Mastering Pinterest with 5 Power Tips

Pinterest Power Tip 5

Analyze and Readjust – How do you get analytics?  Remember last week when I told you to make sure you were opening a business account and verifying your website?  Once you do, you get some great analytics.  They are broken down in a number of useful ways.  Peruse this often and readjust your strategy.  Pinterest even gives you hints on how to improve.  You can find out what’s popular, who your audience is, all kinds of things.  One great tip I found while researching this article was on Mashable . It stated that the absolute best time to add pins to Pinterest is Saturday morning.  You should do a follow up on your analytics to see if you find this true, but it’s a good starting strategy at least.

Here are screen shots of some of the statistics I use all the time.

Mastering Pinterest with 5 Power Tips Mastering Pinterest with 5 Power Tips Mastering Pinterest with 5 Power Tips Mastering Pinterest with 5 Power Tips

I’m sure you can see how useful they are.  I love seeing how my pins are doing.  You may notice that some pins, in fact most pins, are listed more than once.  That’s because if one of your readers pins an image directly from your website, it is a separate pin.  For true statistics, you will have to add all the impressions, repins, clicks, etc. together.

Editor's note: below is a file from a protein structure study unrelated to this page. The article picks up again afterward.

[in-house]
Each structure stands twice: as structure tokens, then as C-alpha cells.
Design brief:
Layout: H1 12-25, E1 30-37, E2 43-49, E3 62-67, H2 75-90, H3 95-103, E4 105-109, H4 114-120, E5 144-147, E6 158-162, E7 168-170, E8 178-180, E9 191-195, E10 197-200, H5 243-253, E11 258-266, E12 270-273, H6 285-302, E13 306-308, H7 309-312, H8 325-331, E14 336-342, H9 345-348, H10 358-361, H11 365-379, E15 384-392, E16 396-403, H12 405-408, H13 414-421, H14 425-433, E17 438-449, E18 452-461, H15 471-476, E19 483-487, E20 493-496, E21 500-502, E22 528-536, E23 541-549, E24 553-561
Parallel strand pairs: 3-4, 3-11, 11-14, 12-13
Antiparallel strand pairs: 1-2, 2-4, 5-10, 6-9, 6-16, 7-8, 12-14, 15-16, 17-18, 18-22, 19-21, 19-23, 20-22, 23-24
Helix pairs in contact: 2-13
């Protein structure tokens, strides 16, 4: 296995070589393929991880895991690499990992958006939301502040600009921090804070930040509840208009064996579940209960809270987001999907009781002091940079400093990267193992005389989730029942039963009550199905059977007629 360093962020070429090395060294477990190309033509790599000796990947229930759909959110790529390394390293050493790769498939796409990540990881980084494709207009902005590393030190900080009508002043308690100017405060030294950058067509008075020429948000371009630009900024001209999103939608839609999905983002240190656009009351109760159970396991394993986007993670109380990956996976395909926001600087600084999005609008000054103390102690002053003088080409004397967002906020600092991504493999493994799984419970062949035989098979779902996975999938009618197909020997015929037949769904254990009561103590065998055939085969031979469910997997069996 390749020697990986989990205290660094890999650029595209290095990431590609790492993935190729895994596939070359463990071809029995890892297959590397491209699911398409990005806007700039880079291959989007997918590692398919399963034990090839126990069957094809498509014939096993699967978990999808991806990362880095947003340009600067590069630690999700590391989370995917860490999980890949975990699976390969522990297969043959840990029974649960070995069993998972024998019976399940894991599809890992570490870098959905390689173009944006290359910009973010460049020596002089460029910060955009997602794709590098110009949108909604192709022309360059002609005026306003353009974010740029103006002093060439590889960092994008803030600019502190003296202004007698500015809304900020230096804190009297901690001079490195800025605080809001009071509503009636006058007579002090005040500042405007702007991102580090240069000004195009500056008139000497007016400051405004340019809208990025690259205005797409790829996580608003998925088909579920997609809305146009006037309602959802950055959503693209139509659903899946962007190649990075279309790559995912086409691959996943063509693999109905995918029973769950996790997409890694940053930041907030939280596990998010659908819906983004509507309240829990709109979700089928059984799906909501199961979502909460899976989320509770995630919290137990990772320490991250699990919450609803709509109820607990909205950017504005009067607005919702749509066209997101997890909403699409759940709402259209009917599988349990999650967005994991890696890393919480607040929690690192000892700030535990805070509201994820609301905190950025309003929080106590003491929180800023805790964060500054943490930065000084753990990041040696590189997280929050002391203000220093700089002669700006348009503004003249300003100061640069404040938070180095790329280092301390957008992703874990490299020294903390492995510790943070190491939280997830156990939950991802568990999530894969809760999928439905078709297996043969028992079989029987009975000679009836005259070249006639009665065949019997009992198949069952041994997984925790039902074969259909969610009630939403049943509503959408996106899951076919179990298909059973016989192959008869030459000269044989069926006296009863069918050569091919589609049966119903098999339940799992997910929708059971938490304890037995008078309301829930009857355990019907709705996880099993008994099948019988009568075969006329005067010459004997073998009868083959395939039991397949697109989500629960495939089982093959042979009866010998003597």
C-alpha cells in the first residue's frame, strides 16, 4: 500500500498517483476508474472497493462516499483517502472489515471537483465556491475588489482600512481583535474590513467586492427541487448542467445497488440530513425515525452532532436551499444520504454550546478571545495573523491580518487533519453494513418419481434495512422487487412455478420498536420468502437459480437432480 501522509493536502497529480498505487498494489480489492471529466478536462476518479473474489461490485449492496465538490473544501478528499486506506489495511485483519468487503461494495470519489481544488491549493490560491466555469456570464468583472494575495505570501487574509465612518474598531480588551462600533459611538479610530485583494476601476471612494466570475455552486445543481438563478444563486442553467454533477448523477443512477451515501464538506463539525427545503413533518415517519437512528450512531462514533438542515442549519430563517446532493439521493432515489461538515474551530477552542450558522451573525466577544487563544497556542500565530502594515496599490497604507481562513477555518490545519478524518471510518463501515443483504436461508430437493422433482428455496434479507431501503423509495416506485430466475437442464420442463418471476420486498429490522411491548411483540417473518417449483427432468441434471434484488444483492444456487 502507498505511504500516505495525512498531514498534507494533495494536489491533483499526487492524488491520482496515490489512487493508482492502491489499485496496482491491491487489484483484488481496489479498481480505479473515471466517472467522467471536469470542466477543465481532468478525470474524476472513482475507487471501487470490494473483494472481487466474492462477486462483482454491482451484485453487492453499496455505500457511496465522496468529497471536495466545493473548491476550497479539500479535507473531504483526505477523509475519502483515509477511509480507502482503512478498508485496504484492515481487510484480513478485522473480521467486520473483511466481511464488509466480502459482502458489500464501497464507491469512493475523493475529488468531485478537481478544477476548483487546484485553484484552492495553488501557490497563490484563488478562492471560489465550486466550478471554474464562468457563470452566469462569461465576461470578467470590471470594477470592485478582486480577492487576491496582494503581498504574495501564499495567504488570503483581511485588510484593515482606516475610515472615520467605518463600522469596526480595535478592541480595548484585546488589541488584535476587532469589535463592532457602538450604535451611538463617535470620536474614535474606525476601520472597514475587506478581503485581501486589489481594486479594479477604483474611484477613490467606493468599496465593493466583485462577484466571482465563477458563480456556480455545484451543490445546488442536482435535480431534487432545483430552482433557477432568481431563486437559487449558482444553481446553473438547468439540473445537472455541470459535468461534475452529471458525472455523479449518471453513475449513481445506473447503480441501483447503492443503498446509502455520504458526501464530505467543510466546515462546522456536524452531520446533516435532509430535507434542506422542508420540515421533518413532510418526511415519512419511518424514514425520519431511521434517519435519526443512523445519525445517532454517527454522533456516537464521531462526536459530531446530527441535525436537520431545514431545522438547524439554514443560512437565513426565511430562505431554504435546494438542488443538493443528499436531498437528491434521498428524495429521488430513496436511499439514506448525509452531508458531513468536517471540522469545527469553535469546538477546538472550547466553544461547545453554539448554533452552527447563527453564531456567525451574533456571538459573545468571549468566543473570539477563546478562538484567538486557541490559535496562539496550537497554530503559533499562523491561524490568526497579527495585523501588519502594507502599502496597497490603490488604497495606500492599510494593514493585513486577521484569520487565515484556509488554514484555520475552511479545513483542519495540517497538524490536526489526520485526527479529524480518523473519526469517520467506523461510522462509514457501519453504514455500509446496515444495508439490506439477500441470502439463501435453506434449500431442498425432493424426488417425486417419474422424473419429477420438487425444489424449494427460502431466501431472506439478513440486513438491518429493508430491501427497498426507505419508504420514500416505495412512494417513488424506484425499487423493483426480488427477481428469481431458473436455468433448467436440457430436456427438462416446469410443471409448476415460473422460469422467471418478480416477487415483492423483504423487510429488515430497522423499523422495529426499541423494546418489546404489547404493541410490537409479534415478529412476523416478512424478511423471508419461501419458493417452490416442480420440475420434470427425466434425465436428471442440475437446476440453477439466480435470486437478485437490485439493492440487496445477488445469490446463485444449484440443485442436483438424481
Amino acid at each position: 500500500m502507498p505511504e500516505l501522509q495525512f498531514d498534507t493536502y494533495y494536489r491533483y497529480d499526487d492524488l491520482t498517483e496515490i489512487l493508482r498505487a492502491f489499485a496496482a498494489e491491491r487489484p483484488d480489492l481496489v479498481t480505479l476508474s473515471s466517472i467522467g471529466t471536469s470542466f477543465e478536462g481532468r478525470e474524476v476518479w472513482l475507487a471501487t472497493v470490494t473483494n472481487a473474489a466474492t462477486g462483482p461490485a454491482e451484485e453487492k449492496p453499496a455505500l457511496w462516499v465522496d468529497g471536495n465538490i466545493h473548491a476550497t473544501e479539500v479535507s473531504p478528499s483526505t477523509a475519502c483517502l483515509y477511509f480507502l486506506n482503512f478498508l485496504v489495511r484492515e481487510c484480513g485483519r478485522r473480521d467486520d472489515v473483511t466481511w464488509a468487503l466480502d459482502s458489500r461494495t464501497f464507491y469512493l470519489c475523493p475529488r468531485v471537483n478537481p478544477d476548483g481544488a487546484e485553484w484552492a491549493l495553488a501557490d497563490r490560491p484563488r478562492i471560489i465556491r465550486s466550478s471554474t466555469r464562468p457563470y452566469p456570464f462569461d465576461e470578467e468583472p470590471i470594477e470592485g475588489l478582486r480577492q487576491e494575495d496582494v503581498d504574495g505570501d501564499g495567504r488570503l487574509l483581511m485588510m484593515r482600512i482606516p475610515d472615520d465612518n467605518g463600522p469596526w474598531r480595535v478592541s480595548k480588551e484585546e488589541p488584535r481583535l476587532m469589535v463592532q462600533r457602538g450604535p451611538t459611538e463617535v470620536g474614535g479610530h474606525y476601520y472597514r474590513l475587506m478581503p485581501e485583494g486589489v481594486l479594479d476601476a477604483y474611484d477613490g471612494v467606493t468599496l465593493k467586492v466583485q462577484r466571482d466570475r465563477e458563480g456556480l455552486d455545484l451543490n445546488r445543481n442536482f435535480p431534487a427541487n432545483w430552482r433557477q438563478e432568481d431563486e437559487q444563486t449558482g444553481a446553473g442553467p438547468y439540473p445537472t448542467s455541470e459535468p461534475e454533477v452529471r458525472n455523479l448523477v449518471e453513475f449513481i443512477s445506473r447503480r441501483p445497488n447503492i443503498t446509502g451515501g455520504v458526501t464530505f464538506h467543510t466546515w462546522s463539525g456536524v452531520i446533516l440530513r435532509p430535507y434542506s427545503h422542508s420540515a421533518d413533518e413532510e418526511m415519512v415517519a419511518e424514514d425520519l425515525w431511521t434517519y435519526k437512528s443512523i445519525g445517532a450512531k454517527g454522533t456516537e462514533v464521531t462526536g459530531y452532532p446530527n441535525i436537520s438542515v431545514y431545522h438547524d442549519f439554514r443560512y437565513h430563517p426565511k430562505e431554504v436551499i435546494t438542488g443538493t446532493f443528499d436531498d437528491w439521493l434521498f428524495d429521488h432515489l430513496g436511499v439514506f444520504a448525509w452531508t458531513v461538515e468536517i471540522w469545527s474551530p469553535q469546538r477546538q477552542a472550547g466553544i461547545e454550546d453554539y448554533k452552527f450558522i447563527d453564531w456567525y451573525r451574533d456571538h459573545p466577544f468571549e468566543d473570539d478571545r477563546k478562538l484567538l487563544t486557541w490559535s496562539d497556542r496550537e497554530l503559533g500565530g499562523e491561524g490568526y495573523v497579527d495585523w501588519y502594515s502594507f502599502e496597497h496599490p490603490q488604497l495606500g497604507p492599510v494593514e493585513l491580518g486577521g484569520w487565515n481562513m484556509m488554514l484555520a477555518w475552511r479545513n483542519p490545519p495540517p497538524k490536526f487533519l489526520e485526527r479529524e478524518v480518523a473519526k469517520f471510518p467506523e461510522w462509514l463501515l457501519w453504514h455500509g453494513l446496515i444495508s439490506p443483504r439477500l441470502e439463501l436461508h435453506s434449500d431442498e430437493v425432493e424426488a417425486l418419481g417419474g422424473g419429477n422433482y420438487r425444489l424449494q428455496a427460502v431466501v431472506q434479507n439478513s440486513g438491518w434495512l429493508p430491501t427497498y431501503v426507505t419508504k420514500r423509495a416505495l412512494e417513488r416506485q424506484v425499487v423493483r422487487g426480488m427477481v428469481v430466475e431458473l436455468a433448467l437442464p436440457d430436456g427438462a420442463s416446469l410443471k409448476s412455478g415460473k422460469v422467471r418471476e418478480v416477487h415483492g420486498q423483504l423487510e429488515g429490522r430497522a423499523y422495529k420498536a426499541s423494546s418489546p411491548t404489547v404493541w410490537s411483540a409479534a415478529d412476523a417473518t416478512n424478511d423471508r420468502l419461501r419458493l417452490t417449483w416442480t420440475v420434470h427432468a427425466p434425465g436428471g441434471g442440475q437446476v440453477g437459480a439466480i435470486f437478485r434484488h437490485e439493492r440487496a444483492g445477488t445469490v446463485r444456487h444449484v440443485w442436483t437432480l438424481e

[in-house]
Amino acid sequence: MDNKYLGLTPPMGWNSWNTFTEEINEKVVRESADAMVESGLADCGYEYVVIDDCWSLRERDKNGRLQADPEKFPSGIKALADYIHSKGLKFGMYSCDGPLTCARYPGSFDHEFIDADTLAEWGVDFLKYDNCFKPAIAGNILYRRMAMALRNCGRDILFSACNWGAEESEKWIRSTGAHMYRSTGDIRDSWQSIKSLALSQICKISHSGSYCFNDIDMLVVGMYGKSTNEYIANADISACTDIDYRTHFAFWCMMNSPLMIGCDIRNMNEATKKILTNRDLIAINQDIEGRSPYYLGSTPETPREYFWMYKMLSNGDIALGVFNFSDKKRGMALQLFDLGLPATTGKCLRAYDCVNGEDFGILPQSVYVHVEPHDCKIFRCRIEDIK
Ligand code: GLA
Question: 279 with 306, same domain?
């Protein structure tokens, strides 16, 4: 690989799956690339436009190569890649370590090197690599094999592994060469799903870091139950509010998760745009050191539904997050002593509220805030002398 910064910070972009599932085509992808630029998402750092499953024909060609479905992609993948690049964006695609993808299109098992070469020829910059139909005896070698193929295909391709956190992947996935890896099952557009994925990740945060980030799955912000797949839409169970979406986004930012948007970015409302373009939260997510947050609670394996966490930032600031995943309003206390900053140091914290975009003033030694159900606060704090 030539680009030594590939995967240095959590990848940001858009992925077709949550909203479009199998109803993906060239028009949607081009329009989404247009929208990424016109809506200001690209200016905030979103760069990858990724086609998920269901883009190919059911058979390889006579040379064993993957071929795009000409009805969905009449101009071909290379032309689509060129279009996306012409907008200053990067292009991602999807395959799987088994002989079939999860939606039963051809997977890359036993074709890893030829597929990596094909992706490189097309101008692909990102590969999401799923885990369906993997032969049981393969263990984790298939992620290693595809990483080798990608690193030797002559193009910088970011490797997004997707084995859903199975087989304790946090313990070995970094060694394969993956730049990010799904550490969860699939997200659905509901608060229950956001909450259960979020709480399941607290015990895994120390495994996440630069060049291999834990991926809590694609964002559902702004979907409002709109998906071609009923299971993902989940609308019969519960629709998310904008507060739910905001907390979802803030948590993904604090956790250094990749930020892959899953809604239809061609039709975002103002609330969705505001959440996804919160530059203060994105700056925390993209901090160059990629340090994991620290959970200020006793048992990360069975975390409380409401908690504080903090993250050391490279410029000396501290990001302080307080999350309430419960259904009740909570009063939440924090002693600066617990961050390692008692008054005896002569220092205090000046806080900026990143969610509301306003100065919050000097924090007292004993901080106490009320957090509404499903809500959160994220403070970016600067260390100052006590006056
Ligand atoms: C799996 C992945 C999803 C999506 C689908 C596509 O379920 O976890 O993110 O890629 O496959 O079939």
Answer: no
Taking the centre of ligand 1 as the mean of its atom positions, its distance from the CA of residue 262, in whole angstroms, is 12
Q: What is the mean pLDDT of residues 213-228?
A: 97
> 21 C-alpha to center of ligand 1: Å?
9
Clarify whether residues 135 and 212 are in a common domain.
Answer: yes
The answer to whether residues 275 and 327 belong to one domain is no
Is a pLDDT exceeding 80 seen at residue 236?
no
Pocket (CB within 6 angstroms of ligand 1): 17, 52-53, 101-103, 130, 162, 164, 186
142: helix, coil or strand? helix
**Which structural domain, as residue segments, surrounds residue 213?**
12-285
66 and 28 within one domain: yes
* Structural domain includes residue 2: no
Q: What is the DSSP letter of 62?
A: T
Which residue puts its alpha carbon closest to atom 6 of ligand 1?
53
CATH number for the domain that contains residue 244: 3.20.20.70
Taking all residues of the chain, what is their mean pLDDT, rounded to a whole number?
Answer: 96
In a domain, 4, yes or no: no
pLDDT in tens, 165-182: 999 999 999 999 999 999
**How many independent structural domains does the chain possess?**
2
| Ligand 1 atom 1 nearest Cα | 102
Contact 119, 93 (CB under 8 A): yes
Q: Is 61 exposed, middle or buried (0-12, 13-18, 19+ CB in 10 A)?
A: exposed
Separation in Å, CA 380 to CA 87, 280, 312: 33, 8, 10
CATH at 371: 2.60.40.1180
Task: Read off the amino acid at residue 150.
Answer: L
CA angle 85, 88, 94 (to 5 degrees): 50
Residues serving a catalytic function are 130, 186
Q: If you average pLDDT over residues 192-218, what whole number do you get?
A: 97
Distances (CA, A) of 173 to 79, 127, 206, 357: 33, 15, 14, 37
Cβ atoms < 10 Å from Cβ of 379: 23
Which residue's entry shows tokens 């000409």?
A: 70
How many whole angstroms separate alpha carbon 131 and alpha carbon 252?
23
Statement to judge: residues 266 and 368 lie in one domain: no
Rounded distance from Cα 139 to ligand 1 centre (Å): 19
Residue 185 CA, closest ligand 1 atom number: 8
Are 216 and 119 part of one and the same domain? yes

I hope my Mastering Pinterest series has piqued your interest and motivated you to start using Pinterest to its fullest potential!  I would love to hear your thoughts or questions!  Just post them in the comments below!

12 thoughts on “Mastering Pinterest: Power Tips”

  1. Good timing, Corinne and Jim! I’m just starting to get my “feet wet” into the Pinterest world 🙂

  2. Thanks for sharing your wealth of info, Corinne. Two questions now-and I’m sure I’ll have a ton more later. 1) Do you use a particular app for placing text on the photos? and 2) Are you selective about group boards you participate in? I see we are invited to some, but I want to make sure they fit our brand and needs, too. Thanks!

    1. Kris, Okay! I use Photoshop or, both work great. And yes, I’m pretty particular about which group boards I’m a member of. I have a lot of boards and don’t want to add one that isn’t going to give me the return I’m looking for. I pretty much will only join a travel board. Good Luck!

  3. Very helpful! Pinterest has been something of a neglected stepchild for us, in part because we lack experience and insight with it. This helps. Now we’re actually looking forward to pinning up our boards!